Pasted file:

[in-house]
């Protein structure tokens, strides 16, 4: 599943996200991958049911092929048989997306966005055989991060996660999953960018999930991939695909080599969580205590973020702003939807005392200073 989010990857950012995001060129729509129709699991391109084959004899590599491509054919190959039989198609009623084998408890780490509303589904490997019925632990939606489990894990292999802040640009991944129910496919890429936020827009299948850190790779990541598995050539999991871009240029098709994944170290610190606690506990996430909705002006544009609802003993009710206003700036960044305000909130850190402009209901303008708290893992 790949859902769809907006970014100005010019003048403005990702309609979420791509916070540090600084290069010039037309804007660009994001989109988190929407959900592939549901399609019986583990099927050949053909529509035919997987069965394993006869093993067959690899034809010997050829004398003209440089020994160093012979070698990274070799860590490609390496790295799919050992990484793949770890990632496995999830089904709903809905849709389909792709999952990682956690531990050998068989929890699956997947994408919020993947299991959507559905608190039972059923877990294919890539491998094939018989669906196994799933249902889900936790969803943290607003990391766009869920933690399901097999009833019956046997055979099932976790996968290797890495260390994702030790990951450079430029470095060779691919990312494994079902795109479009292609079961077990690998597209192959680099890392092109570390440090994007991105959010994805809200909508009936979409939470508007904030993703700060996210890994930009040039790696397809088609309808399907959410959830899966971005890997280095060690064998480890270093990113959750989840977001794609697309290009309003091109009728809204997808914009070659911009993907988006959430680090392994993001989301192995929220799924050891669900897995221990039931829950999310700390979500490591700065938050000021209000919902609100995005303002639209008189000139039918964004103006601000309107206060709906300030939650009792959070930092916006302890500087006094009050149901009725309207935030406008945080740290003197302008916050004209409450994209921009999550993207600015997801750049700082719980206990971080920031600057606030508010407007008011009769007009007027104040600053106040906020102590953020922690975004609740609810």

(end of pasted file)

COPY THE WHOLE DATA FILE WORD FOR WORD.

[in-house]
């Protein structure tokens, strides 16, 4: 599943996200991958049911092929048989997306966005055989991060996660999953960018999930991939695909080599969580205590973020702003939807005392200073 989010990857950012995001060129729509129709699991391109084959004899590599491509054919190959039989198609009623084998408890780490509303589904490997019925632990939606489990894990292999802040640009991944129910496919890429936020827009299948850190790779990541598995050539999991871009240029098709994944170290610190606690506990996430909705002006544009609802003993009710206003700036960044305000909130850190402009209901303008708290893992 790949859902769809907006970014100005010019003048403005990702309609979420791509916070540090600084290069010039037309804007660009994001989109988190929407959900592939549901399609019986583990099927050949053909529509035919997987069965394993006869093993067959690899034809010997050829004398003209440089020994160093012979070698990274070799860590490609390496790295799919050992990484793949770890990632496995999830089904709903809905849709389909792709999952990682956690531990050998068989929890699956997947994408919020993947299991959507559905608190039972059923877990294919890539491998094939018989669906196994799933249902889900936790969803943290607003990391766009869920933690399901097999009833019956046997055979099932976790996968290797890495260390994702030790990951450079430029470095060779691919990312494994079902795109479009292609079961077990690998597209192959680099890392092109570390440090994007991105959010994805809200909508009936979409939470508007904030993703700060996210890994930009040039790696397809088609309808399907959410959830899966971005890997280095060690064998480890270093990113959750989840977001794609697309290009309003091109009728809204997808914009070659911009993907988006959430680090392994993001989301192995929220799924050891669900897995221990039931829950999310700390979500490591700065938050000021209000919902609100995005303002639209008189000139039918964004103006601000309107206060709906300030939650009792959070930092916006302890500087006094009050149901009725309207935030406008945080740290003197302008916050004209409450994209921009999550993207600015997801750049700082719980206990971080920031600057606030508010407007008011009769007009007027104040600053106040906020102590953020922690975004609740609810």